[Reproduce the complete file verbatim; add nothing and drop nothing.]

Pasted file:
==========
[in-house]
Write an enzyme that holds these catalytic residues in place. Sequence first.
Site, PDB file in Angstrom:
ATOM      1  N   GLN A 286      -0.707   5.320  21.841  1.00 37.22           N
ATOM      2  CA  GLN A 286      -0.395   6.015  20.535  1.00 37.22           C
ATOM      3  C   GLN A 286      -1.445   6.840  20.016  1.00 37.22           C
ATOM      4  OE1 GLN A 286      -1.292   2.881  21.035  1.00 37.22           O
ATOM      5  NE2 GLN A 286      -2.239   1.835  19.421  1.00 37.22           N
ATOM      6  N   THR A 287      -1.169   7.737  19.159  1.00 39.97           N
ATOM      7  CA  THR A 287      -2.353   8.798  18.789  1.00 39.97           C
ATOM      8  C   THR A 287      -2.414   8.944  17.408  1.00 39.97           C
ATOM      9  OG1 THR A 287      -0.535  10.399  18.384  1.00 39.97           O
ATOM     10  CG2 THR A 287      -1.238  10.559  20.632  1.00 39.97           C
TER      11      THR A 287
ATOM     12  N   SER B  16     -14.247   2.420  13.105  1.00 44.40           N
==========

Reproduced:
[in-house]
Write an enzyme that holds these catalytic residues in place. Sequence first.
Site, PDB file in Angstrom:
ATOM      1  N   GLN A 286      -0.707   5.320  21.841  1.00 37.22           N
ATOM      2  CA  GLN A 286      -0.395   6.015  20.535  1.00 37.22           C
ATOM      3  C   GLN A 286      -1.445   6.840  20.016  1.00 37.22           C
ATOM      4  OE1 GLN A 286      -1.292   2.881  21.035  1.00 37.22           O
ATOM      5  NE2 GLN A 286      -2.239   1.835  19.421  1.00 37.22           N
ATOM      6  N   THR A 287      -1.169   7.737  19.159  1.00 39.97           N
ATOM      7  CA  THR A 287      -2.353   8.798  18.789  1.00 39.97           C
ATOM      8  C   THR A 287      -2.414   8.944  17.408  1.00 39.97           C
ATOM      9  OG1 THR A 287      -0.535  10.399  18.384  1.00 39.97           O
ATOM     10  CG2 THR A 287      -1.238  10.559  20.632  1.00 39.97           C
TER      11      THR A 287
ATOM     12  N   SER B  16     -14.247   2.420  13.105  1.00 44.40           N